I find myself, once again, seated at a counter in the United Club at Chicago’s O’Hare International Airport. I’m flying back to where I grew up to say goodbye to my Yiayia (that’s Greek for grandmother) who passed last week. As I contemplate about what to write for this week’s blog post, I can’t help but think about euthanasia, specifically my responsibilities as a veterinarian to ensure my patient’s transition is as peaceful as possible. Fittingly I’ve decided to share some information about euthanasia with the sincere hope of alleviating anxiety.
Euthanasia – Be Sure You Understand What is Going to Happen
In my opinion, euthanasia is, by far, my most important job as a veterinarian. That may sound a little weird. Some of you may even think euthanasia should be the last thought on my mind. Yet for families who have to say goodbye to a beloved fur baby, humane euthanasia is, in a way, a peaceful gift I can give them at an emotionally tumultuous time. Key to ensuring euthanasia is truly serene is helping families understand what is going to happen during euthanasia. Below I describe how I have helped families with euthanasia for more than a decade.
Euthanasia – Questions Pet Parents Will Need to Answer
After making the intensely emotional decision to help a fur baby pass with dignity via humane euthanasia, families have two important questions to answer:
- Do they want to be present for the euthanasia?
- How do they want the veterinary medical team to care for their pet’s body?
The answer to the first question is a very individual one, one for which there is no right or wrong answer. Several factors influence a family’s decision, particularly the nature of their bond with the pet and their previous experiences with euthanasia. Permit me to share a personal experience. I was not present for the euthanasia of my very first pet, a cat called Hercules. I was only barely thirteen when I had to say goodbye to him. I can close my eyes and still see him staring back at me from his kennel as if to say, “Where are you going buddy Why are you leaving me?” To this day, I regret not staying with him until the veterinarian helped him pass. I believe I should’ve held him as he transitioned. I should’ve been stronger for him.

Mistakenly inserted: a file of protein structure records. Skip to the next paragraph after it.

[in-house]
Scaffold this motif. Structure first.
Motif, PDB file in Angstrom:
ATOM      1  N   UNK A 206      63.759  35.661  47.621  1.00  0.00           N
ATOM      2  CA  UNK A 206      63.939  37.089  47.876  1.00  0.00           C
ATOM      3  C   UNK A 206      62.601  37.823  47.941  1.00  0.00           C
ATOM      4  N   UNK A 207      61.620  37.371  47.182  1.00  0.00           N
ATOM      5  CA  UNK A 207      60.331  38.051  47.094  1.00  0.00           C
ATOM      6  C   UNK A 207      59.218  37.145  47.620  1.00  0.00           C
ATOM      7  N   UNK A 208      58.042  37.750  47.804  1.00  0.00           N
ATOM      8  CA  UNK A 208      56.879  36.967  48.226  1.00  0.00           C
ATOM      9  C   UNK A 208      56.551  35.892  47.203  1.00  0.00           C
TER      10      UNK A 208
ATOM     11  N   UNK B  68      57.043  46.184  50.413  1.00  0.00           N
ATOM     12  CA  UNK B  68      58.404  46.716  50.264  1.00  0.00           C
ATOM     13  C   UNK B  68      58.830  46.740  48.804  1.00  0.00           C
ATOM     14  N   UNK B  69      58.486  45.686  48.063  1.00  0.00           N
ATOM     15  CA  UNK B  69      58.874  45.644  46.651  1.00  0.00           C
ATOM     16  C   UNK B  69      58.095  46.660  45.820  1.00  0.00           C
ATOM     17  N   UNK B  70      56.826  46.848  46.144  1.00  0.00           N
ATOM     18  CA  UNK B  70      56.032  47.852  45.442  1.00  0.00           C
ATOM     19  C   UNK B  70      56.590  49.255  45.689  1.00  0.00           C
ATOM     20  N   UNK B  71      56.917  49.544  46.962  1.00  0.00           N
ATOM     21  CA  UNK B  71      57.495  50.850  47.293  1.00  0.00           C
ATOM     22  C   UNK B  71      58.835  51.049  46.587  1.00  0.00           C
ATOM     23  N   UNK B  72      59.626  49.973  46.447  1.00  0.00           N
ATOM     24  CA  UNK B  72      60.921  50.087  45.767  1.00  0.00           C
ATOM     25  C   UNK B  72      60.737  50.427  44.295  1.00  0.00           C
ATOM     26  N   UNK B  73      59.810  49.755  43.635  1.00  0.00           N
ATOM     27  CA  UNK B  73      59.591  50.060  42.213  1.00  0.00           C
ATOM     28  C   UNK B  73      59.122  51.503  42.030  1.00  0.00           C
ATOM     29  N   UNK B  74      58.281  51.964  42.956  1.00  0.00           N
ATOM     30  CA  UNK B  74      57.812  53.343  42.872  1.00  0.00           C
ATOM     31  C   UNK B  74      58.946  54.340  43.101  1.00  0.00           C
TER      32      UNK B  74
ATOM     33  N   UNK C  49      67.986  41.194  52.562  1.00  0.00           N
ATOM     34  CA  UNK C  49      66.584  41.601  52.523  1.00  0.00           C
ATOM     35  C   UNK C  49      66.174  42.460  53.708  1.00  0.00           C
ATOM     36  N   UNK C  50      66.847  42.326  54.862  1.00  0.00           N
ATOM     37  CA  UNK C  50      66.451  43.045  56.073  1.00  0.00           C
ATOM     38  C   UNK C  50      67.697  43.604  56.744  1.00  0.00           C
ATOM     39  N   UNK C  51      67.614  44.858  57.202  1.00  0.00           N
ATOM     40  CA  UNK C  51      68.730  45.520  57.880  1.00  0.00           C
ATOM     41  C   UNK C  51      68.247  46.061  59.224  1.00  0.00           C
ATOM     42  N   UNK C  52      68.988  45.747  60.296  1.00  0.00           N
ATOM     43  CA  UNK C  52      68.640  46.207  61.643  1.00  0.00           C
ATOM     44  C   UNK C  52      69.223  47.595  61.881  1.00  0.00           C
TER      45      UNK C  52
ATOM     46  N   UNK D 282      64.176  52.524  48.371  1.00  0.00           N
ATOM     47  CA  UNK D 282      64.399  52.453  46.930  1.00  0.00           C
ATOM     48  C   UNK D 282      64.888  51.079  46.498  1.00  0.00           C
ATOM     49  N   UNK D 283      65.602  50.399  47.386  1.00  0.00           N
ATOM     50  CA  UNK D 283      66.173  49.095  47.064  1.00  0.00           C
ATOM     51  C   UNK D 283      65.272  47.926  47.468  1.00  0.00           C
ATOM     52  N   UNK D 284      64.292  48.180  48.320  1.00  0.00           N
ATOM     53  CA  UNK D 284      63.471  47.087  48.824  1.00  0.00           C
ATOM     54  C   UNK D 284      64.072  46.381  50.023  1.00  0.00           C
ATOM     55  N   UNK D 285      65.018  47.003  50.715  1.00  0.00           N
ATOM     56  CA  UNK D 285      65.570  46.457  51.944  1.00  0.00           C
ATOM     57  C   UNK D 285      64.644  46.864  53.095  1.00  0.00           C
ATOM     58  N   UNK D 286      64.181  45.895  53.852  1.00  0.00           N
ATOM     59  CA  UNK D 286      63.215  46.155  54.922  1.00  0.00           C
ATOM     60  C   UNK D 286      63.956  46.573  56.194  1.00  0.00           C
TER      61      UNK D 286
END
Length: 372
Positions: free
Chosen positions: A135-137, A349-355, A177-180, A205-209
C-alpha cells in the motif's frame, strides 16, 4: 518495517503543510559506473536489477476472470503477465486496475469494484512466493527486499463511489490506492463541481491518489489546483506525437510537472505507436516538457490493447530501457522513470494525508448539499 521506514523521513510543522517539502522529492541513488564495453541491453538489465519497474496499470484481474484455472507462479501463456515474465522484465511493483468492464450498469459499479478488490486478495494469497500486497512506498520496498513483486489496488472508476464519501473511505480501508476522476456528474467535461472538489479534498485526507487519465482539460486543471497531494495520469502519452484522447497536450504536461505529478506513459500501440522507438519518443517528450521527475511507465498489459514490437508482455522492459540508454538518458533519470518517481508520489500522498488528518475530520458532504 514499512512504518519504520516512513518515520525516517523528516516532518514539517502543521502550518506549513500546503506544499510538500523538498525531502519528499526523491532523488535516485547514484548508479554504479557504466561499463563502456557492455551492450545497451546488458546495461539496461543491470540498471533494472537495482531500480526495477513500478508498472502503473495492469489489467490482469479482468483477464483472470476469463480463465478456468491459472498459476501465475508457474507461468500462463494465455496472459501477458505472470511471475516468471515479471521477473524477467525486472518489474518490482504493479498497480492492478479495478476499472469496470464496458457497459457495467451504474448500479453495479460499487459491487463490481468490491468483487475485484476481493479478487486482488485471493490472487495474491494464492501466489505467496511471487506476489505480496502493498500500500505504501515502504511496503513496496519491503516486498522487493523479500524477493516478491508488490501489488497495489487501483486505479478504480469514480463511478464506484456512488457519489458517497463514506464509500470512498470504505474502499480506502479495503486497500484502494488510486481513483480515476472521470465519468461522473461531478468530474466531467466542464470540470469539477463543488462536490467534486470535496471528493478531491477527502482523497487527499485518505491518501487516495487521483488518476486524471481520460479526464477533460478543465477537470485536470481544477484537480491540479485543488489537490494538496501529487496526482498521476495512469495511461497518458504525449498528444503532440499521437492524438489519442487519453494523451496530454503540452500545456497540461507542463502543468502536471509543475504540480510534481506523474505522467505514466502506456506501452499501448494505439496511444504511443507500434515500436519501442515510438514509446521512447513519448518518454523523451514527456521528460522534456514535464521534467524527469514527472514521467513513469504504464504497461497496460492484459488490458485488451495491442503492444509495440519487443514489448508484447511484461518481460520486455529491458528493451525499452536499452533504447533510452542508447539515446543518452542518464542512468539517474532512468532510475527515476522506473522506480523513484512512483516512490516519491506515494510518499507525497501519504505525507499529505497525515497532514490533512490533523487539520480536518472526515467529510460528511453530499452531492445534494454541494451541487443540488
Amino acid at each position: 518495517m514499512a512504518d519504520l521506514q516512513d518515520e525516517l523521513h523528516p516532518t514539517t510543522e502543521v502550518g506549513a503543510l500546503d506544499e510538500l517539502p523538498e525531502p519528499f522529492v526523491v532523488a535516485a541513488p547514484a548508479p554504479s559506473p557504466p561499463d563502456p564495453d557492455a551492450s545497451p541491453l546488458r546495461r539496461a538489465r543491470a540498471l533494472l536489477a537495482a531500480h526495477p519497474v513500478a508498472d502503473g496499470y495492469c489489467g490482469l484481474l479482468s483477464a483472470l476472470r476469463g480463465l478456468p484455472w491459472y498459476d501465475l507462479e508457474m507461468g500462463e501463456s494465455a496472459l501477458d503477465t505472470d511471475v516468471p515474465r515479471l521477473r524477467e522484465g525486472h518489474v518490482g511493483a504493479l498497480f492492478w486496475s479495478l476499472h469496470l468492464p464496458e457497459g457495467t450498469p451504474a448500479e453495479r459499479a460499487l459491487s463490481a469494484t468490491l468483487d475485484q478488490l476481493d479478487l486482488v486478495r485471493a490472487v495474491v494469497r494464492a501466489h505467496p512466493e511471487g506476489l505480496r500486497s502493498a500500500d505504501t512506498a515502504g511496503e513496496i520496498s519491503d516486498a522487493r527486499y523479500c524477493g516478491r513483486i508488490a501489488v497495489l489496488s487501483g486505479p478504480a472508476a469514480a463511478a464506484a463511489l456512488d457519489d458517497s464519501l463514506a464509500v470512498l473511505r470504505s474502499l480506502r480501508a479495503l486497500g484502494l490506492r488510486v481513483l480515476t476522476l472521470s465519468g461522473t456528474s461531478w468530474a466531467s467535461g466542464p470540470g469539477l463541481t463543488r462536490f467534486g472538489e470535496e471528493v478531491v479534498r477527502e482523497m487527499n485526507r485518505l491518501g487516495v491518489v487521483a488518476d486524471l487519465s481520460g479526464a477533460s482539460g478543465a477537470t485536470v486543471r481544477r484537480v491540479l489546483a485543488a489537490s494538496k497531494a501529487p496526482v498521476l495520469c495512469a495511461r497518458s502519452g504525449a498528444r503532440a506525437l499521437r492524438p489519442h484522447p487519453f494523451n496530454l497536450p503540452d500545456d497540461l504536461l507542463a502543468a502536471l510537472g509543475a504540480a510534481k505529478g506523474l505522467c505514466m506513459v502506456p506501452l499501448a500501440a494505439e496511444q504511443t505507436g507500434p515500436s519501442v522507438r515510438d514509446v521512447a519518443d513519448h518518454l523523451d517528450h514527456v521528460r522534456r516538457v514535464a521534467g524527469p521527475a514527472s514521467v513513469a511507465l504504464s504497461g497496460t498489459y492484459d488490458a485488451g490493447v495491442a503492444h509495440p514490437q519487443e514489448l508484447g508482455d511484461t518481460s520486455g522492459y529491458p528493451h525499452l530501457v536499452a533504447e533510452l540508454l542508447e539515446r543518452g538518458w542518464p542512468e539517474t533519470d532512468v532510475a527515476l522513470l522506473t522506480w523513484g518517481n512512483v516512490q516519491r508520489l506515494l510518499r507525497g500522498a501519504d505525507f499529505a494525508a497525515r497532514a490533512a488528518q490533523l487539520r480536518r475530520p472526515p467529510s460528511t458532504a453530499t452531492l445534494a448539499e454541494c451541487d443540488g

The question of body care is also a very delicate one. Families always have the option of bringing their pet’s body home for burial. The most common request for body care is private cremation, exactly the same process that happens for people. A pet’s body is individually cremated, and the remains are returned to the family. Some families bury the ashes. Others keep them on display in their homes. Some companies provide services to incorporate some ashes into jewelry and pieces of art.
Euthanasia – The Actual Process
Families must give a veterinarian permission to perform humane euthanasia; pet parents give consent by signing a legal document. Once signed, I have a member of my nursing team place an intravenous catheter. This is how the euthanasia drugs are painlessly administered to a sick pet. In most circumstances, families will need to signal the attending veterinarian to perform the euthanasia when they are as ready as they can be. I understand no family will ever truly be ready to say goodbye to a fur baby.